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OF THE 1940'S & 50'S






I am not a curmudgeon nor cynical; far from it.  I just want to share with you, in tongue-in-cheek style, situations I feel that are less than satisfactory in our present day life, both locally and globally.  The following editorials, and the opinions contained therein, are mine alone and I hope you take them in the light they are given...light!

Beware the HOA!
The Wit and Tenets of Brad P. Scobey

For anyone that has read more of my pages, you know that we, and especially Paul, are true nature lovers.  If you don't know what I am talking about, just visit TropicRiverWoods to see the botanical garden we are designing and building in Panama.

This past week has taught us a lot about living in a community that is ruled by a Home Owner's Association.  You see, Paul has lived in this home since the day it was built in 1992.  He was the first owner to move into our subdivision of 80+ homes that is within the SilverLakes Home Owner's Association comprising over 5,200 homes.  I moved here in 1996.  Being the avid gardener he is, ever since the first day Paul moved in, he has designed and nurtured a landscape that defies the limestone rock pit that lies just below the surface.


As you can see in the picture above, we have quite a haven for birds, butterflies and other assorted wildlife not to mention the back yard.  Our home has even been designated a wildlife habitat by the National Wildlife Federation.  But as you can also see in the picture above, the decorative vent above the garage door has a beautiful shade of aqua to complement the color scheme.  And there, folks, was the beginning of the end for individuality.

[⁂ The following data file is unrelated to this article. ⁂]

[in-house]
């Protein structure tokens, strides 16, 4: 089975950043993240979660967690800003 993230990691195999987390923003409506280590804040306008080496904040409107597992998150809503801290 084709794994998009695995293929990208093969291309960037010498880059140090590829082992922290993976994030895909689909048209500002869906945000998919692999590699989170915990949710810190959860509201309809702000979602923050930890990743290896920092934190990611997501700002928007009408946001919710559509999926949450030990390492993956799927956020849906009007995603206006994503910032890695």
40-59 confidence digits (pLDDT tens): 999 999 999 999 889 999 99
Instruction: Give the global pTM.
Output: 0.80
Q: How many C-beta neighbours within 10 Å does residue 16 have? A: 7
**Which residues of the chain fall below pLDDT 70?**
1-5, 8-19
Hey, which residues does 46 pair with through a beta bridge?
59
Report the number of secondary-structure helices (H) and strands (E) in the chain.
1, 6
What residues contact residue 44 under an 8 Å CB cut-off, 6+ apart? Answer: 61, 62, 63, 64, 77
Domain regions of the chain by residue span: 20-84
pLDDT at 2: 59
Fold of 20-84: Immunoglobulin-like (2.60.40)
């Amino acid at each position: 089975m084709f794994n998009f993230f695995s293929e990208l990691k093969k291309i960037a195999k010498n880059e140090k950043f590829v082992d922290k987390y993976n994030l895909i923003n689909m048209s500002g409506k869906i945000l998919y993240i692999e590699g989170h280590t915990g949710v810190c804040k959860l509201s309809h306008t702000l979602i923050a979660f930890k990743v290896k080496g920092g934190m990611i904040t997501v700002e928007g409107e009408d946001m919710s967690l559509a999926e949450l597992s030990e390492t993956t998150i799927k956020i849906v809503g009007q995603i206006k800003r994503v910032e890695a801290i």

After 14 years of the association keeping out scofflaws and generally keeping up the community to a degree of respectability, while not trouncing on personal creativity, it appears that a new regime has taken over.  We are not talking about the the management company but the actual Board of Directors.

It all started a couple of months ago when we received our first Notice of Violation from Elaine W. (not her real name), our community over-seer.  It was for that terrible air vent.  All of our homes have a certain color scheme and even though the house and trim conforms to the original color scheme, that vent violated it.  Not to mention that the vent had been that color for several years.  Okay folks, Paul called Elaine and asked why other subdivisions have that color on their trim and vents and was acceptable.  She told him that each subdivision has their separate rules.  So Paul climbed the ladder and painted it to match the trim.  He then sent off a picture showing that the offending violation had been taken care of.  By the way, when you go to repaint your house, make sure you have the Architectural Modification Committee's approval; even if you are repainting the house the SAME ORIGINAL APPROVED COLORS!

Shortly thereafter, we received another Letter of Violation saying that the "point plants", better known as agaves, around the mailbox (to the left) had to be removed.  Fine, even though they were there nearly eight years and the Mail Carrier said they were not a problem, Paul once again complied and did his magic, removing the offending "point plants" and replacing them with soft grasses, miniature Crown of Thorns and Desert Rose (on right).  Paul then sent a picture of the new and improved mailbox planting.